In daily life, humans often coordinate their actions to perform collaborative tasks (Sebanz, Bekkering, & Knoblich, 2006). Previous studies have shown that people co-represent different parts of a general task when they carry it out together, even if representing the partner's subtask is not necessary to perform their own part of the task (e.g., Atmaca, Sebanz, & Knoblich, 2011). However, it is still an open question how these task representations are encoded at the neural level. In this study, we examined task encoding when people have to work together to achieve a common goal. Specifically, we investigated where and how the human brain represents a task that is performed by the subject or by their partner. Twenty-six participants played a collaborative game in pairs. In the game, they had to coordinate to reach a common goal. For each pair, each subject performed the game once while undergoing functional magnetic resonance imaging (fMRI) and once using a computer in a room adjacent to the fMRI scanner. Each participant performed one part of a shared task. To win the game, the players had to consider both their own and the other's subtask. The shared task consisted in moving two pawns on a graphic path to match their positions. Each player moved one of the two pawns as specified by the subtask assigned to them. The players had to compute the combination of moves that allowed both of them to reach the goal. Importantly, the same subtask was assigned to one subject on some trials and to their partner on other trials. This paradigm allowed us (i) to identify neural representations of one's own and the other's subtask and (ii) to evaluate whether task representations differ depending on whom the task is assigned to (by comparing trials in which the same subtask was assigned to the subject vs. to their partner). We applied multivariate decoding methods (e.g., Haynes & Rees, 2006) to fMRI data. Preliminary results show that the identity of the subtask assigned to either the subject or to their partner is represented in distinct frontal and parietal regions: ventrolateral and rostrolateral prefrontal cortex (PFC) encoded only the identity of one's own task, while medial PFC and postcentral gyrus specifically represented the identity of the other's subtask. Information about who performed a specific subtask was contained in orbitofrontal cortex, superior parietal lobule, and inferior parietal lobule. These findings suggest that task ownership determines how information is represented across the brain.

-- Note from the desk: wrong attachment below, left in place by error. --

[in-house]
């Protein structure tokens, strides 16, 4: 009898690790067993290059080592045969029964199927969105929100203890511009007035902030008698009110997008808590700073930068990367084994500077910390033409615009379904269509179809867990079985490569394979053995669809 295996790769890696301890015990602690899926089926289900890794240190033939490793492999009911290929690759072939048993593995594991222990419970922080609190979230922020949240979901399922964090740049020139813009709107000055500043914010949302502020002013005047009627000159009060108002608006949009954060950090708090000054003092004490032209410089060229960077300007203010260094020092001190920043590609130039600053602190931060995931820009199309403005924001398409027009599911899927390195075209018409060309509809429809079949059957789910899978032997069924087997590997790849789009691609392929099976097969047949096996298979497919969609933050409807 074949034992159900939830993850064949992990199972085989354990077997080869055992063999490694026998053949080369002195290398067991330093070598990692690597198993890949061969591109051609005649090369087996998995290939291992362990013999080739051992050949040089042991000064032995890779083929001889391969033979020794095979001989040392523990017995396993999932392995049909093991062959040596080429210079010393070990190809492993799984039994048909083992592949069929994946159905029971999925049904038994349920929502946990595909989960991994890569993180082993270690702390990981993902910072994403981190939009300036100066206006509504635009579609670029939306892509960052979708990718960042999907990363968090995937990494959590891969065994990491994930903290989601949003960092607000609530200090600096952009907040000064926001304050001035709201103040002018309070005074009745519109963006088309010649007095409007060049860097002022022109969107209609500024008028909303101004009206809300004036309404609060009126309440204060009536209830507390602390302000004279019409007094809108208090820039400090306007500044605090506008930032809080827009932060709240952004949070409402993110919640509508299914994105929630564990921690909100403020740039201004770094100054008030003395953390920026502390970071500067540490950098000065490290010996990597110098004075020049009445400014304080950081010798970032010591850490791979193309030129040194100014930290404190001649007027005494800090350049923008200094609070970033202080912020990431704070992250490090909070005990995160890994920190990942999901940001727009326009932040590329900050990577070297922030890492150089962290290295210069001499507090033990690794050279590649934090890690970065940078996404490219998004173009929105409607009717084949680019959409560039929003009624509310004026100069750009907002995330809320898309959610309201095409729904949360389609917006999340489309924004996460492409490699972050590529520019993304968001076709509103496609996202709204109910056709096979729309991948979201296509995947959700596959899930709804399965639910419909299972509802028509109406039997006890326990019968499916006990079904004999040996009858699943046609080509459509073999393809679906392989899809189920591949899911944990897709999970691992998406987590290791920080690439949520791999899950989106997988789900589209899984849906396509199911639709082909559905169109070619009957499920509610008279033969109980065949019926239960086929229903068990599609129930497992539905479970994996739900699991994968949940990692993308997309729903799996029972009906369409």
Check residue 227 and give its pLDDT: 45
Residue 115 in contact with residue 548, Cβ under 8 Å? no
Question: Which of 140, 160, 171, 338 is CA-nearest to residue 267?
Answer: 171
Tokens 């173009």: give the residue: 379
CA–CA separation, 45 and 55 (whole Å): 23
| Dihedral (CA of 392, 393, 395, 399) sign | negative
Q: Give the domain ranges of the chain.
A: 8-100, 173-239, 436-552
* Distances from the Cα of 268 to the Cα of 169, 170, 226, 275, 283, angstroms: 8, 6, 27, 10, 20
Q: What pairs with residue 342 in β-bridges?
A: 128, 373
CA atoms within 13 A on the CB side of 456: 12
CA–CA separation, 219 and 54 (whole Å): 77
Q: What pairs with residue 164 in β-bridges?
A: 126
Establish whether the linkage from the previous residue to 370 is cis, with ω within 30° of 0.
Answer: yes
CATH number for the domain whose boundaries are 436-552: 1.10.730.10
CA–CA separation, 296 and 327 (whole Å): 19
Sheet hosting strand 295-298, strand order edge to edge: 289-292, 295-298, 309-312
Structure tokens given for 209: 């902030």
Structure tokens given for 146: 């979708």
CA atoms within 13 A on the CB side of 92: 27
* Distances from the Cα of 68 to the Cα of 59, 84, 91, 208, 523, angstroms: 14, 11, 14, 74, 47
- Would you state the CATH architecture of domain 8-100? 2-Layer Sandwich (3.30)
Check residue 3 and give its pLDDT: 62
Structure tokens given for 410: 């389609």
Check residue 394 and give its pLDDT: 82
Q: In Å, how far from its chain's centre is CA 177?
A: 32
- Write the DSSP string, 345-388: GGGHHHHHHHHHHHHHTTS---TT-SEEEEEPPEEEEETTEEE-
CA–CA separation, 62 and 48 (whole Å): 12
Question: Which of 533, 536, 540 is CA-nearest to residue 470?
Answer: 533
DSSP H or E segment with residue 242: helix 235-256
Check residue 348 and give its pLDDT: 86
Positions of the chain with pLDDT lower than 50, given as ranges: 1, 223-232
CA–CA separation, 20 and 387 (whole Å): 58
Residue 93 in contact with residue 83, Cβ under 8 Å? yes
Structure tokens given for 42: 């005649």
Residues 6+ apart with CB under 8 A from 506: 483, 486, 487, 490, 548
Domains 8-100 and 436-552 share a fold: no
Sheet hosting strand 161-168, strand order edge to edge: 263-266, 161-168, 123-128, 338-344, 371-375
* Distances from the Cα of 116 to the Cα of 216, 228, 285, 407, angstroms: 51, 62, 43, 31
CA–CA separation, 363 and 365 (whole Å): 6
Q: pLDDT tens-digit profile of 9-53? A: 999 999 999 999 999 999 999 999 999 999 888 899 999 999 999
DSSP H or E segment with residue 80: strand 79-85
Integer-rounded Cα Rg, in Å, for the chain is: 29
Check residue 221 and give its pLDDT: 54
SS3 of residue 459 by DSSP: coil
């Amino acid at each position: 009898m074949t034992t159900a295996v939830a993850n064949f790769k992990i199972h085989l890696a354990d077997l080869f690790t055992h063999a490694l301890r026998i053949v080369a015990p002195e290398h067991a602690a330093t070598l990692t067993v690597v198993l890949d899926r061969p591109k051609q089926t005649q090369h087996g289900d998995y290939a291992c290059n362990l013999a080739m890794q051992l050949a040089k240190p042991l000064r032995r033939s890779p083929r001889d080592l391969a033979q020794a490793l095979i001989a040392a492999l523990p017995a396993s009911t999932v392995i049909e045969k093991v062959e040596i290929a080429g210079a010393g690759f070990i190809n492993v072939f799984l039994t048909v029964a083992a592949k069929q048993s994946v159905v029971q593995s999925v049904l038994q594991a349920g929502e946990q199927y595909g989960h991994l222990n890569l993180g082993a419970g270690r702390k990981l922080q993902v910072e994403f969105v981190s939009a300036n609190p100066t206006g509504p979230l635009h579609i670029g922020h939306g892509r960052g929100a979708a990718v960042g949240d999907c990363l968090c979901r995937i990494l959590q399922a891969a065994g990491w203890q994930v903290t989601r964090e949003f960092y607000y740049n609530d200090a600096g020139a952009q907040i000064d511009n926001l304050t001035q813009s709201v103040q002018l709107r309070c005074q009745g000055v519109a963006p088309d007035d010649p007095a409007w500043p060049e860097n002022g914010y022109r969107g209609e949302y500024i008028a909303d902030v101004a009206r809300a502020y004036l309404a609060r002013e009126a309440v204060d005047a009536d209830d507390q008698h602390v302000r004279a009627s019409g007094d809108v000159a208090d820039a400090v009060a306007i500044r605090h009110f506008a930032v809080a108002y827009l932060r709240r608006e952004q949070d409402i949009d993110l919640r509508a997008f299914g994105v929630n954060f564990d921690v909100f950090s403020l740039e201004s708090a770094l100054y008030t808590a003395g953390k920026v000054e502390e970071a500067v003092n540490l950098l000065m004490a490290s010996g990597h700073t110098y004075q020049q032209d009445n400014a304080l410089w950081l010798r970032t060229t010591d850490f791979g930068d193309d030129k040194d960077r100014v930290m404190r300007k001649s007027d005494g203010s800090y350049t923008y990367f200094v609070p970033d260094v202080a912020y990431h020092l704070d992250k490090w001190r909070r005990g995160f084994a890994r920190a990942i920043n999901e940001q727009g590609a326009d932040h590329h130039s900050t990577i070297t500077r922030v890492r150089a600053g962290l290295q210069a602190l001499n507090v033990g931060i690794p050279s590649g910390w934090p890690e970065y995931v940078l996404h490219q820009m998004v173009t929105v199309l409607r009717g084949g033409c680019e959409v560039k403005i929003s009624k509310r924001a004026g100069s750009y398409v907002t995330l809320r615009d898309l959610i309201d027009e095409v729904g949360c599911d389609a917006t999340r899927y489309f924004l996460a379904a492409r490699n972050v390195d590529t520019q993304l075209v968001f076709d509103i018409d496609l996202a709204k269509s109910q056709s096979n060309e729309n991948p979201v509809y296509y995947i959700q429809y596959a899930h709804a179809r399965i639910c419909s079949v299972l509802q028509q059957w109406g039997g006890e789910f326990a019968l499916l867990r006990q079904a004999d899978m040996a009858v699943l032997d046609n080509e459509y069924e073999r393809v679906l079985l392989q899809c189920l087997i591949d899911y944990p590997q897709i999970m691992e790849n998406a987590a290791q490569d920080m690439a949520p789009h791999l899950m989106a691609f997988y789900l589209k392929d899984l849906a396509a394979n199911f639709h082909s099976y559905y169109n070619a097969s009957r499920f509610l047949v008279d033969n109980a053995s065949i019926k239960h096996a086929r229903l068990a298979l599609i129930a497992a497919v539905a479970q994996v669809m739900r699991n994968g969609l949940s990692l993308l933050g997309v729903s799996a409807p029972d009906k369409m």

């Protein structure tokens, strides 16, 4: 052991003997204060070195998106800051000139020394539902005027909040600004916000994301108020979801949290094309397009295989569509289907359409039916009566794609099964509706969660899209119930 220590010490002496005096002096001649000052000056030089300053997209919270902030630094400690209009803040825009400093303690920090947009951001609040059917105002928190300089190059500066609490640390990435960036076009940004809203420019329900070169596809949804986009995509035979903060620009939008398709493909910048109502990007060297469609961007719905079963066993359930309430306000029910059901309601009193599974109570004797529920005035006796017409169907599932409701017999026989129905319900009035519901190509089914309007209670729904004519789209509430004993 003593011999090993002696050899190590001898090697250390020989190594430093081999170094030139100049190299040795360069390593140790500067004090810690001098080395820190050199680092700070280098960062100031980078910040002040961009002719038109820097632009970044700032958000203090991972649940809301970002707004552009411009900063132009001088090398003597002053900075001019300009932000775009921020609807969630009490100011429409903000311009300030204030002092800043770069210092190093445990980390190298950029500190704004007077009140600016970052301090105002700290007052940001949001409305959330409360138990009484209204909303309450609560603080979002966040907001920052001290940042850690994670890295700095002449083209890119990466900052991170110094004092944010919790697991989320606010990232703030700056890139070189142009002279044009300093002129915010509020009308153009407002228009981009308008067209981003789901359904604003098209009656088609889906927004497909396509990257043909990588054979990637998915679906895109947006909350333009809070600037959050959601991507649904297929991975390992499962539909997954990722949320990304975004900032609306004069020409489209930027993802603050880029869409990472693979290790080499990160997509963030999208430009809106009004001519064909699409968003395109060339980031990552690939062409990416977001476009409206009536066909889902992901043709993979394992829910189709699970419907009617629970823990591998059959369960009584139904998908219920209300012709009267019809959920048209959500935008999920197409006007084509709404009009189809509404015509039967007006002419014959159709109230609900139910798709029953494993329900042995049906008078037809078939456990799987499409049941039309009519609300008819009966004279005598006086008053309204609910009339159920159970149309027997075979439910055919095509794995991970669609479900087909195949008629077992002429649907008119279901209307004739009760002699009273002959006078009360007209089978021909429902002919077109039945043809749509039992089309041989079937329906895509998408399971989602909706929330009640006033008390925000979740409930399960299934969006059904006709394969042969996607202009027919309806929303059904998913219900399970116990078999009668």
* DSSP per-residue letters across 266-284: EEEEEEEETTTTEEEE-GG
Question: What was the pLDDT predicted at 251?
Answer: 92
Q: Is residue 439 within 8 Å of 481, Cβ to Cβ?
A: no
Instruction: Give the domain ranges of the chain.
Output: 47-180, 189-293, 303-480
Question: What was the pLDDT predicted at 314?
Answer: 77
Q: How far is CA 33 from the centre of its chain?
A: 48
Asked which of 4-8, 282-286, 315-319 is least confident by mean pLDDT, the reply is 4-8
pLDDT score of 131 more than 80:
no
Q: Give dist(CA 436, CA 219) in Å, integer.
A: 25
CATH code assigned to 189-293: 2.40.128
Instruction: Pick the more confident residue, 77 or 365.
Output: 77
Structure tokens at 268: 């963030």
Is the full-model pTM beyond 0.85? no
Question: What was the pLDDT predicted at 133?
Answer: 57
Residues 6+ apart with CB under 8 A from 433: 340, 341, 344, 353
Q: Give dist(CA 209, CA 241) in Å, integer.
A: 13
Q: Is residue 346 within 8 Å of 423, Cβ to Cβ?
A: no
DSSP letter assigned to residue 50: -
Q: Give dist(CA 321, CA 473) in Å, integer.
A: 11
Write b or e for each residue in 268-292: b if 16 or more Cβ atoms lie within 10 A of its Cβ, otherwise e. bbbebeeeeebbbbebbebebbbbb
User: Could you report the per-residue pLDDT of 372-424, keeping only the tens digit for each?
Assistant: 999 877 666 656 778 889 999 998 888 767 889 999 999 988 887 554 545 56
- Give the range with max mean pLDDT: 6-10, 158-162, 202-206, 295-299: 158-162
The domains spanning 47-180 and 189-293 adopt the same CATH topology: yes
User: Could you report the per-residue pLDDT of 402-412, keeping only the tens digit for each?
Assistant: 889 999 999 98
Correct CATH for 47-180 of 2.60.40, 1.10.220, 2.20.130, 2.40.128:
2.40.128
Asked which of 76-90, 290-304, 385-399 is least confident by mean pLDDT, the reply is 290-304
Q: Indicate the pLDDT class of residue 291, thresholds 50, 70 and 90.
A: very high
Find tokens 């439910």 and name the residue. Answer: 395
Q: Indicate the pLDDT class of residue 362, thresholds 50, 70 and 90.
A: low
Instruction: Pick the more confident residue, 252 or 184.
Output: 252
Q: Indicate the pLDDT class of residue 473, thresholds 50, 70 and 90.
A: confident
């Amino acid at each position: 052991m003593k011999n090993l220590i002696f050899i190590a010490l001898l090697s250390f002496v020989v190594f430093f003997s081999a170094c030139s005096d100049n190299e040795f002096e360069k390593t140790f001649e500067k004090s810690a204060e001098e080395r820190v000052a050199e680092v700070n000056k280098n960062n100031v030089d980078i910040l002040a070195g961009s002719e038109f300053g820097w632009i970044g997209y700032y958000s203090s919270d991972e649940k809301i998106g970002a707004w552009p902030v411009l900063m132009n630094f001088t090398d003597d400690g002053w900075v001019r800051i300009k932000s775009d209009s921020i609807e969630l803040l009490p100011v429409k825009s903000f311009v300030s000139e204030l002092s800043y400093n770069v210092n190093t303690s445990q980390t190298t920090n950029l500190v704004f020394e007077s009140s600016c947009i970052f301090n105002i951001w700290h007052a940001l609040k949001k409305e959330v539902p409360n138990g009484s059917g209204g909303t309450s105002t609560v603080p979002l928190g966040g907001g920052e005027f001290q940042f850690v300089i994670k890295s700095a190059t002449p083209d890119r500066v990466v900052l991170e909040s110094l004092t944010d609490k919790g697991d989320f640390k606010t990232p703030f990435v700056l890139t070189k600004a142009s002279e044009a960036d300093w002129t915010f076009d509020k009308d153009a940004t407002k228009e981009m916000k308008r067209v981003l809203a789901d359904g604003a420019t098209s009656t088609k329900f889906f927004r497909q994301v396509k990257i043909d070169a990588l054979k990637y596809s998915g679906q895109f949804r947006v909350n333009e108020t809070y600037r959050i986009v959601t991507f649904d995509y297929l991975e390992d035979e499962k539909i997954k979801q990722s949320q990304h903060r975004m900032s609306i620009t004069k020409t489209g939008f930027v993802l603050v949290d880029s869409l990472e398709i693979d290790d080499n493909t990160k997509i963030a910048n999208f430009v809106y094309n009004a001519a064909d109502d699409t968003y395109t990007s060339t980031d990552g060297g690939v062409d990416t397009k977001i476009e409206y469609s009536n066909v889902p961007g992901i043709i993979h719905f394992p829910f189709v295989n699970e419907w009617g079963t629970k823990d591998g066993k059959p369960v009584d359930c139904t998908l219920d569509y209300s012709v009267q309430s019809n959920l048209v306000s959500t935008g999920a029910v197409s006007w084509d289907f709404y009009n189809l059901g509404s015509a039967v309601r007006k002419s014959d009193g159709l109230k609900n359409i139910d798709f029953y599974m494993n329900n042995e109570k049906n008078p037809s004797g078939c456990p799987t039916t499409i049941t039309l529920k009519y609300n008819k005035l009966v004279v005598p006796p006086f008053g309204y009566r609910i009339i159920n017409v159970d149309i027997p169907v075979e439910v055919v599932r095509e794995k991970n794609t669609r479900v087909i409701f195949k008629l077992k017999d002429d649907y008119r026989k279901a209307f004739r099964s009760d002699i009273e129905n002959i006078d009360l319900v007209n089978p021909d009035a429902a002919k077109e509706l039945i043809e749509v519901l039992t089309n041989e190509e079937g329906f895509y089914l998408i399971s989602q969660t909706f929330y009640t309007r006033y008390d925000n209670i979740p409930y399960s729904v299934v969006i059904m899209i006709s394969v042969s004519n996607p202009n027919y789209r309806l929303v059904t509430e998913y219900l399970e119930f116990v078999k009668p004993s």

|Titolo:||Who does what? Neural representations of identity and ownership of one's own and a partner's subtasks|
|Autori:||Pischedda, Doris; Seyed-Allaei, Shima; Görgen, Kai; Haynes, John-Dylan; Reverberi, Carlo|
|Anno di pubblicazione:||2016|
|Titolo del volume contenente il saggio:||2016 Neuroscience Meeting Planner|
|Citazione:||Who does what? Neural representations of identity and ownership of one's own and a partner's subtasks / Pischedda, Doris; Seyed-Allaei, Shima; Görgen, Kai; Haynes, John-Dylan; Reverberi, Carlo. - ELETTRONICO. - (2016). ((Intervento presentato al convegno Annual meeting of the Society for Neuroscience 2016 tenutosi a San Diego nel 12th 14th November 2016.|
|Appare nelle tipologie:||04.3 Poster presentato a convegno (Poster presented at Conference or Workshop)|